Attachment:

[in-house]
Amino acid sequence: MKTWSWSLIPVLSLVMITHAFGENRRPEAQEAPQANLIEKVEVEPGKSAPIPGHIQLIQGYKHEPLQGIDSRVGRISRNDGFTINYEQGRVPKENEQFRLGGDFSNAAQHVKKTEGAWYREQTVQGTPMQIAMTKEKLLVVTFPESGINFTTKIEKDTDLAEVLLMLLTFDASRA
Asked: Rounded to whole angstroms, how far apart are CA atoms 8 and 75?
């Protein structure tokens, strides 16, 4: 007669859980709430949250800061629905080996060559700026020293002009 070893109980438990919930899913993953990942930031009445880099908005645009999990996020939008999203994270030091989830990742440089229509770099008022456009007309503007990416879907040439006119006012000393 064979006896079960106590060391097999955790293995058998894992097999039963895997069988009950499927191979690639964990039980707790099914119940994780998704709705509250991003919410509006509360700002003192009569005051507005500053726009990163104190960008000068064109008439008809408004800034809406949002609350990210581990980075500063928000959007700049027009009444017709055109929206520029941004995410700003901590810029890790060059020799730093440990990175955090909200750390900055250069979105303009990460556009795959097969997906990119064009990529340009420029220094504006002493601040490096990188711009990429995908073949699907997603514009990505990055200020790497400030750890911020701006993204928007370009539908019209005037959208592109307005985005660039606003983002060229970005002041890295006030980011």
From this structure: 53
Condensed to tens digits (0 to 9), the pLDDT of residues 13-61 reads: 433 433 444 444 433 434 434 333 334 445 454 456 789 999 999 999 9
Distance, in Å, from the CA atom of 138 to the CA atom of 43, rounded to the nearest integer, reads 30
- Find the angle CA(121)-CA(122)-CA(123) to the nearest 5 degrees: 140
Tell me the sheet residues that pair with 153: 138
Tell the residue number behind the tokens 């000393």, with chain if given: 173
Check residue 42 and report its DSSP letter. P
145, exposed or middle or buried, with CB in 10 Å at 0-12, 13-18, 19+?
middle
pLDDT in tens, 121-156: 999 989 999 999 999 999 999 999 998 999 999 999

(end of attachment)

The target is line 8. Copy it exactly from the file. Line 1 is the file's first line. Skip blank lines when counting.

- Find the angle CA(121)-CA(122)-CA(123) to the nearest 5 degrees: 140